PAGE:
Oxycodone use and the use of other substances that contain oxycodone is equally as dangerous and possess the same negative consequences as other opioids, if not worse due to their easy accessibility.
The symptoms of oxycodone addiction mimic the side effects of addiction to other opioids and other substances, if not worse. Oxycodone addiction is one of the leading causes of death in the U.S. and contributes to the increasing number of individuals succumbing to the opioid epidemic.
Unfortunately, there are cases where individuals unintentionally become addicted to oxycodone. This can happen if you have been prescribed them or other oxycodone-containing drugs after a medical procedure and realize you carry an addictive gene—ultimately resulting in developing tolerance, dependence, and, eventually, an addiction to oxycodone.
In other cases, individuals know what they are taking and choose to either self-medicate or find a means of escape. There is no sole cause of addiction; it happens to anyone, and it also does not discriminate. Addiction knows no limits, yet some studies suggest a few factors that might contribute to the development of addiction.
Also, the effects of opioids on the brain and body can make it seemingly impossible to stop using once you get a taste of their initial effects. Although the effects and symptoms of oxycodone might seem pleasant, long-term use of the substance leads to a plethora of negative, unsuspected, and unwanted side effects.Oxycodone addiction is easy to spot due to a number of apparent physical and psychological changes an individual undergoes when in active addiction. However, some individuals and family or friends might be in denial of their addiction to oxycodone. They also might believe it isn’t dangerous because a doctor might have prescribed the medication. These false claims and beliefs have caused many to lose their lives, worsen their addictions, and use other dangerous drug cocktails with oxycodone such as alcohol or benzodiazepines.
The beginning and most obvious indicators of oxycodone addiction is a sudden change in behavior. When you are experiencing the symptoms of oxycodone addiction, your inhibitions become lowered, ultimately resulting in the lack in desire to keep up with daily tasks or responsibilities.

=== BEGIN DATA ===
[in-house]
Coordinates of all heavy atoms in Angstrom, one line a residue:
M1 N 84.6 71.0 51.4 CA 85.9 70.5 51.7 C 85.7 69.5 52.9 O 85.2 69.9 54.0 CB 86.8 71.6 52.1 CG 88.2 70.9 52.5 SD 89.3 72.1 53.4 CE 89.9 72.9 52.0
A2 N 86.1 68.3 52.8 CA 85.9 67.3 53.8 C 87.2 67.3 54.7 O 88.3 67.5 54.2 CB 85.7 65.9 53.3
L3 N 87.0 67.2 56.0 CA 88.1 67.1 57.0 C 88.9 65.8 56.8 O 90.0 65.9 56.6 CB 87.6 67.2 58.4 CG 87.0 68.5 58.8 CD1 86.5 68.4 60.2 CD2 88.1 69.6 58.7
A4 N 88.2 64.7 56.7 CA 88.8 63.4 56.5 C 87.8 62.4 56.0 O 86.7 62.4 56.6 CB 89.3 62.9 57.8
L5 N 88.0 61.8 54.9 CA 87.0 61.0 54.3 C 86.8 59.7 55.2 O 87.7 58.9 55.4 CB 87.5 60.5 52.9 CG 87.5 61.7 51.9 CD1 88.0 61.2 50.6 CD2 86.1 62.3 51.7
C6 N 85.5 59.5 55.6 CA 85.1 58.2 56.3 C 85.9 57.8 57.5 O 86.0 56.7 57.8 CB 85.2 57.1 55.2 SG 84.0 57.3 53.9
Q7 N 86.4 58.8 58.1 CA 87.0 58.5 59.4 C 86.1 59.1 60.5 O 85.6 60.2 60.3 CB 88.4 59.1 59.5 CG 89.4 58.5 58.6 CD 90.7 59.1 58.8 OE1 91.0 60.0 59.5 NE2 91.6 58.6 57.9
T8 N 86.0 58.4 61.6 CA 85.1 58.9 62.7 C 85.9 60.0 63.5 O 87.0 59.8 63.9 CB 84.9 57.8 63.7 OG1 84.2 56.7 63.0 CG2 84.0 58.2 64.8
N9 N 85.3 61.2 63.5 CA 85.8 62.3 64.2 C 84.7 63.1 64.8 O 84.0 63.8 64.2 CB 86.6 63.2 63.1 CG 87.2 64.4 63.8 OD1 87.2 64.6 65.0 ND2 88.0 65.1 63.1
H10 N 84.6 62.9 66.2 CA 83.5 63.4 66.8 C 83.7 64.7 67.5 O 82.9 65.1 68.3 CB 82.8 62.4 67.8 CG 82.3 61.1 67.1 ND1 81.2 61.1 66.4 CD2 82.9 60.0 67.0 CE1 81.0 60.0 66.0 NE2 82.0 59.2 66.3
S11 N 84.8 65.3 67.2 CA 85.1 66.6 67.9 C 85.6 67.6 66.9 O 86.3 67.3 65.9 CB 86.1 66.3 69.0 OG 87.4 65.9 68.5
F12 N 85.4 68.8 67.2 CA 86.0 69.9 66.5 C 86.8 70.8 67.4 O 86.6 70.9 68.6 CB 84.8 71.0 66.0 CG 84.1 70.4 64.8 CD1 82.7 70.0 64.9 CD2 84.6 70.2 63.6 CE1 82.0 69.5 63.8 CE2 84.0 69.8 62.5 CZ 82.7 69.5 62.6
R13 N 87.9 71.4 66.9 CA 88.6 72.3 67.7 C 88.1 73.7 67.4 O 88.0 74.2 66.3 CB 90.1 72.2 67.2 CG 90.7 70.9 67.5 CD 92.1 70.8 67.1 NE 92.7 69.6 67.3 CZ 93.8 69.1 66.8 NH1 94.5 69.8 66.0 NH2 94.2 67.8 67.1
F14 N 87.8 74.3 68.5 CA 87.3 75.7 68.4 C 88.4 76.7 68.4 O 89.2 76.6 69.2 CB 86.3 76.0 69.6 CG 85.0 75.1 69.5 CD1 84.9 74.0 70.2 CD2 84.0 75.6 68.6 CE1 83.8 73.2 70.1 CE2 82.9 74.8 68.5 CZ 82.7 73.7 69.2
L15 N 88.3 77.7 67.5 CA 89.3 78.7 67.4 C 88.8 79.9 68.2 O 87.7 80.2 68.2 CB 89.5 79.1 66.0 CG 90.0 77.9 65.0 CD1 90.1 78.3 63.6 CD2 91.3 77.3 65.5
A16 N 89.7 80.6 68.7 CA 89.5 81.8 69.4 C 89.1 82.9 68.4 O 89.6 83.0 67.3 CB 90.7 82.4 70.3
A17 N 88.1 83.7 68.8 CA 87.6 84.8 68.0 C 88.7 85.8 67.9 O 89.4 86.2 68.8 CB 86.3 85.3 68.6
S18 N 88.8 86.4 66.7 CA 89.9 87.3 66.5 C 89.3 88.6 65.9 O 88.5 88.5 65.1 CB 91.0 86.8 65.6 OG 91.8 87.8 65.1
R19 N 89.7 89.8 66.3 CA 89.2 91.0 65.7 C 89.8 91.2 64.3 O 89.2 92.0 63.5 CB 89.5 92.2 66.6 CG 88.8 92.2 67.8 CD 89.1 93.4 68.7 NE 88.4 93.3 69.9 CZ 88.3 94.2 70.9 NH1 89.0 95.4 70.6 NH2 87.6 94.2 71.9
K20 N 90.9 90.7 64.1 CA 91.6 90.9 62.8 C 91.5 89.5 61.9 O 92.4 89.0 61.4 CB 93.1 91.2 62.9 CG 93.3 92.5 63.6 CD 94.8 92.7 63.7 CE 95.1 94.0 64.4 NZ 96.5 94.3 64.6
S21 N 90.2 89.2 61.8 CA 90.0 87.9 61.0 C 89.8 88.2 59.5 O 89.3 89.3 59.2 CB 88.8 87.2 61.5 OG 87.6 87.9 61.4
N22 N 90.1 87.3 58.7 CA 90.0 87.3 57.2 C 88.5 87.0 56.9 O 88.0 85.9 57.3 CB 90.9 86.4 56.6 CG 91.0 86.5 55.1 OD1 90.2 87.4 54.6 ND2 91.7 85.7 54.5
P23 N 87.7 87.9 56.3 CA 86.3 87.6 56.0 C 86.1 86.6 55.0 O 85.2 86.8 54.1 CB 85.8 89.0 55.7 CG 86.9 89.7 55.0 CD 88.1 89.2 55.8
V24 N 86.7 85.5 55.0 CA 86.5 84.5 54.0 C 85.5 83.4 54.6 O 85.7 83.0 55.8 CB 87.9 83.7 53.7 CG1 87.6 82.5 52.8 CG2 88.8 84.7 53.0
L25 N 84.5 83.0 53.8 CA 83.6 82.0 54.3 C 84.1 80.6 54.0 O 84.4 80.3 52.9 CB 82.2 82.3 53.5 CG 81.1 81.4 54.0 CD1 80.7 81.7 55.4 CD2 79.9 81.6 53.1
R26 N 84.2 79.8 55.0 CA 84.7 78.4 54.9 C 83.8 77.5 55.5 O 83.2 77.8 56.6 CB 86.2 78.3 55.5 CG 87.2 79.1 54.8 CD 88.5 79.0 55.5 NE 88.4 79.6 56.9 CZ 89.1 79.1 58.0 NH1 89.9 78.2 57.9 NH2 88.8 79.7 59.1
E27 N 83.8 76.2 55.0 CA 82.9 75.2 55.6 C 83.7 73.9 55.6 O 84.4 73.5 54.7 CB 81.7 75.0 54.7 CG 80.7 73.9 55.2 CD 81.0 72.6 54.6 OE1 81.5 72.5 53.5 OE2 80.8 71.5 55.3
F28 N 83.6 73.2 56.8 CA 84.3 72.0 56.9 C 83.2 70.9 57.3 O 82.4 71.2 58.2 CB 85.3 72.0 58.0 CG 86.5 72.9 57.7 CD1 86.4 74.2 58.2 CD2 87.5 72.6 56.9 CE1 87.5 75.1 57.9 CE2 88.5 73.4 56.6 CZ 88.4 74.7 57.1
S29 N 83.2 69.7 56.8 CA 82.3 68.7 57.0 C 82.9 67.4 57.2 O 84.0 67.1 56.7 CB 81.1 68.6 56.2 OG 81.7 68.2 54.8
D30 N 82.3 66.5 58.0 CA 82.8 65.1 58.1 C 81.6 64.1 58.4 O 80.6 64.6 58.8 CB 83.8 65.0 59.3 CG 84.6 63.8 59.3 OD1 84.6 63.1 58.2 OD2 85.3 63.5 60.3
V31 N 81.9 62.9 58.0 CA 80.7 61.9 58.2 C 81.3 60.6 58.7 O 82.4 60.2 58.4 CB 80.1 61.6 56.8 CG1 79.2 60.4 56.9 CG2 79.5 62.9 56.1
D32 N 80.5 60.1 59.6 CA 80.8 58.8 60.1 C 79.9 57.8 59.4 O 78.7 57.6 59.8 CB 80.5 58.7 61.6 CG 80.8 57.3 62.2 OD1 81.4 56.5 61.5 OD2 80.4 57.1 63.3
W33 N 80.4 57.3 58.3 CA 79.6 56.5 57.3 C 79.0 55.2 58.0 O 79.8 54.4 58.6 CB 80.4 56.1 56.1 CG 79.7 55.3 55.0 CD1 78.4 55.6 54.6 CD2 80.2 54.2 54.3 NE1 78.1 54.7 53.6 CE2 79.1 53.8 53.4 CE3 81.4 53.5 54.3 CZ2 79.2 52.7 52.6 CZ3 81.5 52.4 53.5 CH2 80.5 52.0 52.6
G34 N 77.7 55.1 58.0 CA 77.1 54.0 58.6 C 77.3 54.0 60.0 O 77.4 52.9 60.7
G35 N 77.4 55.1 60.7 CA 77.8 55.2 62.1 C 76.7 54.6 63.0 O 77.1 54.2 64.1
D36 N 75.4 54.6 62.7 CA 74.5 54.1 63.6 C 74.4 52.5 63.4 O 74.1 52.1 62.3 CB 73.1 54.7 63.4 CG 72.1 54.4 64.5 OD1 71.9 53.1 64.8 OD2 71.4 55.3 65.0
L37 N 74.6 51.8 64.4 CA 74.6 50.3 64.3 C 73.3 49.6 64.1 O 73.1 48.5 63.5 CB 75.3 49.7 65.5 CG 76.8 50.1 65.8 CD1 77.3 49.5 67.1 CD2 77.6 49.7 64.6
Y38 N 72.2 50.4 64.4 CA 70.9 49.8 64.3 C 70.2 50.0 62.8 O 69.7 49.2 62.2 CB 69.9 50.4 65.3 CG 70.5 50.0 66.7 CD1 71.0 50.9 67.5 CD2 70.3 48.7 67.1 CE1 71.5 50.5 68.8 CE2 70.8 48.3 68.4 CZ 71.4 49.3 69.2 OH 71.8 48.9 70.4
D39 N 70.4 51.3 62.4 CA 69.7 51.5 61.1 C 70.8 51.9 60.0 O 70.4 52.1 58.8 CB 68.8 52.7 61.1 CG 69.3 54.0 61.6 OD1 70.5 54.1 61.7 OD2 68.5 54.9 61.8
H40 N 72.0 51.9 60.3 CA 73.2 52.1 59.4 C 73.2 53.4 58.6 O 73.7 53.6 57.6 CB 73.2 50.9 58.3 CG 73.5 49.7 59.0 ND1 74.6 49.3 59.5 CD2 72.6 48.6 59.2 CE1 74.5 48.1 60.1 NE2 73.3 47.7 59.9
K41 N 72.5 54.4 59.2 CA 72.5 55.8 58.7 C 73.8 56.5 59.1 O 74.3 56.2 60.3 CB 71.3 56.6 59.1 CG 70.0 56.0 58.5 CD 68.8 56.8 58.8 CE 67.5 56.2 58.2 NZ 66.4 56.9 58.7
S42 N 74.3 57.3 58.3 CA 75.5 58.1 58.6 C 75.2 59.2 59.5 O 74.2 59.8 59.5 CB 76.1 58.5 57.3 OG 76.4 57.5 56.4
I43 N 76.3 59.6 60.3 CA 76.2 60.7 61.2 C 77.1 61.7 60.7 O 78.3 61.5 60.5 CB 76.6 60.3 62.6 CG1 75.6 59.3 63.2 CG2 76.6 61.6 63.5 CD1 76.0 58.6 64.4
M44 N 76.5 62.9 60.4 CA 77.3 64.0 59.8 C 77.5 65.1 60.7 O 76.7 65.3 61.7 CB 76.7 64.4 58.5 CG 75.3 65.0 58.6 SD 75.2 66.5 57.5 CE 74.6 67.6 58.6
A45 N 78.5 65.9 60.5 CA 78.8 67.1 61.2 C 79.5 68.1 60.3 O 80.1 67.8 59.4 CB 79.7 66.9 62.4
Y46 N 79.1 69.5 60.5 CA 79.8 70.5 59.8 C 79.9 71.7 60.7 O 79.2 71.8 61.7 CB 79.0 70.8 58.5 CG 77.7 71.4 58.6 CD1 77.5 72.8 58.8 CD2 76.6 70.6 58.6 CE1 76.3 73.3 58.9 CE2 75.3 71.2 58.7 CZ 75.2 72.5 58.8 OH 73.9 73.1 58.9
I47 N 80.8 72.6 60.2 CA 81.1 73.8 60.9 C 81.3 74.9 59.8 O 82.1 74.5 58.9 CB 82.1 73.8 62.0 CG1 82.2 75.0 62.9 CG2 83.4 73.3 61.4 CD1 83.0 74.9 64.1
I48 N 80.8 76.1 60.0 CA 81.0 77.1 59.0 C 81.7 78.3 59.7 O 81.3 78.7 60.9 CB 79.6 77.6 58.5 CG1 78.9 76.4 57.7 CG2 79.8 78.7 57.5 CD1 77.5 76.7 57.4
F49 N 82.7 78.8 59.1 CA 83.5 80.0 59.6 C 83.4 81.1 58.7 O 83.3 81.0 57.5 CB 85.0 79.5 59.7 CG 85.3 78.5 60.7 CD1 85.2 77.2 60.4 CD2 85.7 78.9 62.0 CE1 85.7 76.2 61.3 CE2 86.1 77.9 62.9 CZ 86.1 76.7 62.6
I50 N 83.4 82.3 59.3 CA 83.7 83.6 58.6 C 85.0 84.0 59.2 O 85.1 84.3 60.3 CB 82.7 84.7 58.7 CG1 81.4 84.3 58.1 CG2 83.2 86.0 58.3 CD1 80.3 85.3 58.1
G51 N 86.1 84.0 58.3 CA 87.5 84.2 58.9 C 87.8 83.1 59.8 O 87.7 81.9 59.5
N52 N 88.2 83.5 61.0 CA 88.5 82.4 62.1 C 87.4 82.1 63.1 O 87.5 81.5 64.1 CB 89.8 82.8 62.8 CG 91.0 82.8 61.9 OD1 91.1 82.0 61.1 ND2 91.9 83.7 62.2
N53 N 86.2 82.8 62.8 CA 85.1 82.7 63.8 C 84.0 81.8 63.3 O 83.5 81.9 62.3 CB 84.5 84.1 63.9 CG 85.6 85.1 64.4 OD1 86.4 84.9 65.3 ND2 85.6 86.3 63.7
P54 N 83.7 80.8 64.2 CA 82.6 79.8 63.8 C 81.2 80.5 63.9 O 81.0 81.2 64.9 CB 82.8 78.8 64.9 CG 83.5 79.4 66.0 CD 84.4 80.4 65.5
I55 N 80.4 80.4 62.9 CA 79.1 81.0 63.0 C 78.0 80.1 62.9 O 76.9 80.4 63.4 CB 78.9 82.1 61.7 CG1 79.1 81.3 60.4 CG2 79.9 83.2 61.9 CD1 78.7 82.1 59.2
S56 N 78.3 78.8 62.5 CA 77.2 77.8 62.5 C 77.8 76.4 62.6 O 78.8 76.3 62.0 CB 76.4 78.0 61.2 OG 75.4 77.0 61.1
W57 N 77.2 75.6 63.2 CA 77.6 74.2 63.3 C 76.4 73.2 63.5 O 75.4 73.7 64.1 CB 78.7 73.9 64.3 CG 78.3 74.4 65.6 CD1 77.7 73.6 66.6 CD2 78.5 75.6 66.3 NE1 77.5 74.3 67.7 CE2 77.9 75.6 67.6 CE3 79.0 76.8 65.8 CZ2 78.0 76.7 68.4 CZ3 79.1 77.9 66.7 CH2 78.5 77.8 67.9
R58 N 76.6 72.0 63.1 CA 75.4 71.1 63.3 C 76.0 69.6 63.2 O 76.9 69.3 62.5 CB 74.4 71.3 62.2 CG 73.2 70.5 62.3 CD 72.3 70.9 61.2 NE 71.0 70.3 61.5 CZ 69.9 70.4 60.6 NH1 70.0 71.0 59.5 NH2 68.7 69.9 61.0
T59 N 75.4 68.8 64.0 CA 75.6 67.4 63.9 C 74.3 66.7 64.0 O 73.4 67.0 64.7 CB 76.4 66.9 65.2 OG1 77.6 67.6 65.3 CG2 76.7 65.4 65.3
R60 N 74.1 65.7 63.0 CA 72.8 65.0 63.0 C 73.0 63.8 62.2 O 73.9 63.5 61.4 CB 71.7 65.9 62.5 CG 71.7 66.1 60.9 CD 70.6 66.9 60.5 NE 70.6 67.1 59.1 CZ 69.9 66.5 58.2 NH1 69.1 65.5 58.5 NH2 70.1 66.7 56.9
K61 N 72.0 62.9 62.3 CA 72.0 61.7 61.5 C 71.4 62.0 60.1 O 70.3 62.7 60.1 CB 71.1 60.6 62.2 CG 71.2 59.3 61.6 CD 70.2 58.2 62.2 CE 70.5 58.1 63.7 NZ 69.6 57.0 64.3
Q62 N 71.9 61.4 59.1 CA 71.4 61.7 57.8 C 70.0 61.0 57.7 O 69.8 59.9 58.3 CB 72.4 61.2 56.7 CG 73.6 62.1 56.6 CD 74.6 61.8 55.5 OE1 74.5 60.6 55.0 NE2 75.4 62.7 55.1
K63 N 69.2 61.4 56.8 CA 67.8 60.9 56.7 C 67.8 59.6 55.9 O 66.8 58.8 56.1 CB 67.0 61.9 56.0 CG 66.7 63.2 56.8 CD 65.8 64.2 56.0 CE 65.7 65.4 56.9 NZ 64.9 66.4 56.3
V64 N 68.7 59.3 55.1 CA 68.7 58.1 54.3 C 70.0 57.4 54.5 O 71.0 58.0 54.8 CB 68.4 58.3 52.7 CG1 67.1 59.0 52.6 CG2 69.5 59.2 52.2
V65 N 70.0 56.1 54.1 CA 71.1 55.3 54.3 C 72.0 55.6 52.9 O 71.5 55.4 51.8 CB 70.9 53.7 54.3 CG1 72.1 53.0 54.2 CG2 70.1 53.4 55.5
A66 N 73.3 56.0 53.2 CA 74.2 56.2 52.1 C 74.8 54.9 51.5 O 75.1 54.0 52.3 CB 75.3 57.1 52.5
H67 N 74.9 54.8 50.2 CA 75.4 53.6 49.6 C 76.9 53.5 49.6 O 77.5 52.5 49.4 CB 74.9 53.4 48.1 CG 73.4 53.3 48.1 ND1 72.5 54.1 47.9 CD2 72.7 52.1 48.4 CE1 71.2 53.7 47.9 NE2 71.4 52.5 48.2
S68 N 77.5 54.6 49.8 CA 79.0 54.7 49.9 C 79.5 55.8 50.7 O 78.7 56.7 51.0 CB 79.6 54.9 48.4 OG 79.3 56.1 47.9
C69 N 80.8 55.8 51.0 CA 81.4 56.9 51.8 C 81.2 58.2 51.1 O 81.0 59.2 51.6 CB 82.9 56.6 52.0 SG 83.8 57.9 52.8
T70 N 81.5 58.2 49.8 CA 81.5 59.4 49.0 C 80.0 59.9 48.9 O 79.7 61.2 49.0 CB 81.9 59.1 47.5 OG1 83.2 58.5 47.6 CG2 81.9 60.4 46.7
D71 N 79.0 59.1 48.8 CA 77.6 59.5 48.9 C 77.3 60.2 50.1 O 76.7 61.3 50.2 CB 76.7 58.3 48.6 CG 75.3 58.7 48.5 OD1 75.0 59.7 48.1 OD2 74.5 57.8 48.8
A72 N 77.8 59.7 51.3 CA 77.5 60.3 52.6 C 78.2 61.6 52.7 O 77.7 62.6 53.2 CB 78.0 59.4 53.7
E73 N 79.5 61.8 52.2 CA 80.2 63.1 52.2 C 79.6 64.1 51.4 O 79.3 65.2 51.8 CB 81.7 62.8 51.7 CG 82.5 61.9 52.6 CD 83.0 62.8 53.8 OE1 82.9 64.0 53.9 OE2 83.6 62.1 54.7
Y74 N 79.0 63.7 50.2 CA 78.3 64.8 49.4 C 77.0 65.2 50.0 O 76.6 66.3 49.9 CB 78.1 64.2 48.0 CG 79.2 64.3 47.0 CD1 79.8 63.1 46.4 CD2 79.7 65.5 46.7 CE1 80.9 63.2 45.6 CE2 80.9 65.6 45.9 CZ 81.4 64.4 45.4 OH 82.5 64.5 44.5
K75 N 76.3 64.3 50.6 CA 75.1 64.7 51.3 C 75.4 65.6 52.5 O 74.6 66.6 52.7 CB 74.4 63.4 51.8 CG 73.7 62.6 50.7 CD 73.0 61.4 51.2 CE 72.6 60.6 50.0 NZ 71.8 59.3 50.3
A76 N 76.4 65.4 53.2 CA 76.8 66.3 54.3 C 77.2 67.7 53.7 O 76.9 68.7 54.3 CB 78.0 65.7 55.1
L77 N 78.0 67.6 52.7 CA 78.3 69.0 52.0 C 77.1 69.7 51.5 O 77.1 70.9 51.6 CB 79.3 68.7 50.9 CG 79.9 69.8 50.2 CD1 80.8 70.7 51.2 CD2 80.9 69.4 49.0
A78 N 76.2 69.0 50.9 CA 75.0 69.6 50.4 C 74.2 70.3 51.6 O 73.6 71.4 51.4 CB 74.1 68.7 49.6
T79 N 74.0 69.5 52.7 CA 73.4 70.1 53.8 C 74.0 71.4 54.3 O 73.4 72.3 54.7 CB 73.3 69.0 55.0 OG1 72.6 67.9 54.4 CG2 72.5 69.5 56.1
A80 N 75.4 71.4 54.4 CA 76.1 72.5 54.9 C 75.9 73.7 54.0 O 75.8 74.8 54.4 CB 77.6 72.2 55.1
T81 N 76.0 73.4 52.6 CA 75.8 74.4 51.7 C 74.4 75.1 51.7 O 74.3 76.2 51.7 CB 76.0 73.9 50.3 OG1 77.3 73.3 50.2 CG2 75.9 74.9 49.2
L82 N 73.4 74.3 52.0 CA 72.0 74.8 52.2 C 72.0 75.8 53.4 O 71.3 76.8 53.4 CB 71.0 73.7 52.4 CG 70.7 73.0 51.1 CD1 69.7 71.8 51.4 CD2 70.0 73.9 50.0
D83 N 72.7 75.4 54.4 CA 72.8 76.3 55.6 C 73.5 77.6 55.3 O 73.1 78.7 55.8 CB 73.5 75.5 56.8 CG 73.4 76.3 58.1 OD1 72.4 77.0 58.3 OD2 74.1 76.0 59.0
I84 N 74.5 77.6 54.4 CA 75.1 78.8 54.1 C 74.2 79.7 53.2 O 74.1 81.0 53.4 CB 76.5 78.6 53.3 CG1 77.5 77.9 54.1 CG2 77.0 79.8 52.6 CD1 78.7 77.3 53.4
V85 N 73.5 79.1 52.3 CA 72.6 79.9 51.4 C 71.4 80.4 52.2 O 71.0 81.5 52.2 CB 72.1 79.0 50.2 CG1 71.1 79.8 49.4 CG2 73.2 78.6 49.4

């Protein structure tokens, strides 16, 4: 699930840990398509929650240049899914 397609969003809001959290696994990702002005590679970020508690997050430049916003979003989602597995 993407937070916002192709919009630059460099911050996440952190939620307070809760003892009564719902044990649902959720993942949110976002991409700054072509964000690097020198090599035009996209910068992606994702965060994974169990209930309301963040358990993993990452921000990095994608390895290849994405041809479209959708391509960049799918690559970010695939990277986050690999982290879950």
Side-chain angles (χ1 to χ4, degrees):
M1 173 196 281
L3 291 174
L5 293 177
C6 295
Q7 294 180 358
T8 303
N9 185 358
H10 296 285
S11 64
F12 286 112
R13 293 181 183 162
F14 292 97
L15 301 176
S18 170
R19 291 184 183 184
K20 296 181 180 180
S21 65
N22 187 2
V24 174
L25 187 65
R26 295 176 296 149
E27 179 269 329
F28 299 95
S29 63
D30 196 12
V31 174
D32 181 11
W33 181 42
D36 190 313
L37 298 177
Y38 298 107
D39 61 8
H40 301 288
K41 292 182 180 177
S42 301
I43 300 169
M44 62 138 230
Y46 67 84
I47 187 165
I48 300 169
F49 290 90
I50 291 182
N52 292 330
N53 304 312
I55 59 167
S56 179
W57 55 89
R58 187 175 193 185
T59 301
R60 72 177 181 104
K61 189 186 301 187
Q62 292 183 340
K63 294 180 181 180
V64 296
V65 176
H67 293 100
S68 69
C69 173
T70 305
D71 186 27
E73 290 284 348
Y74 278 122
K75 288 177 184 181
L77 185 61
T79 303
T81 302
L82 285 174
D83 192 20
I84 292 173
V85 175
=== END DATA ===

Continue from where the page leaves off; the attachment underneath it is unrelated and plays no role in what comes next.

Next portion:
Oxycodone abuse can consume an individual to the point where the entire day is focused on obtaining the drug or finding the means to get it. Over time, this can become crippling and cause a series of unwanted symptoms and side effects related to substance abuse.
Certain actions that may not have been present in the individual’s life can manifest like constant manipulation, lying, stealing, isolating, and aggression. Also, the individual might present hostile attitudes toward anyone, whether they are high, sick, or in the process of obtaining illicit drugs.
Since the effects of oxycodone addiction primarily target the brain, it is common for individuals who have been using opioids and other substances for long durations of time to develop irregularities in the brain.
The entire chemical structure of the brain is altered when you have developed a tolerance, dependence, and addiction to oxycodone. The most common effects of disturbances in the way the brain operates corresponds to how you handle emotions, decision making, motor skills, and communication.
Also, extended oxycodone use will deprive the brain of its abilities to produce natural feel-good chemicals such as dopamine and serotonin. This can result in worsening mental illness or the development of symptoms related to anxiety or depression, which can be short or long-term depending on your individual structure and how severely the drugs have affected your brain’s functions.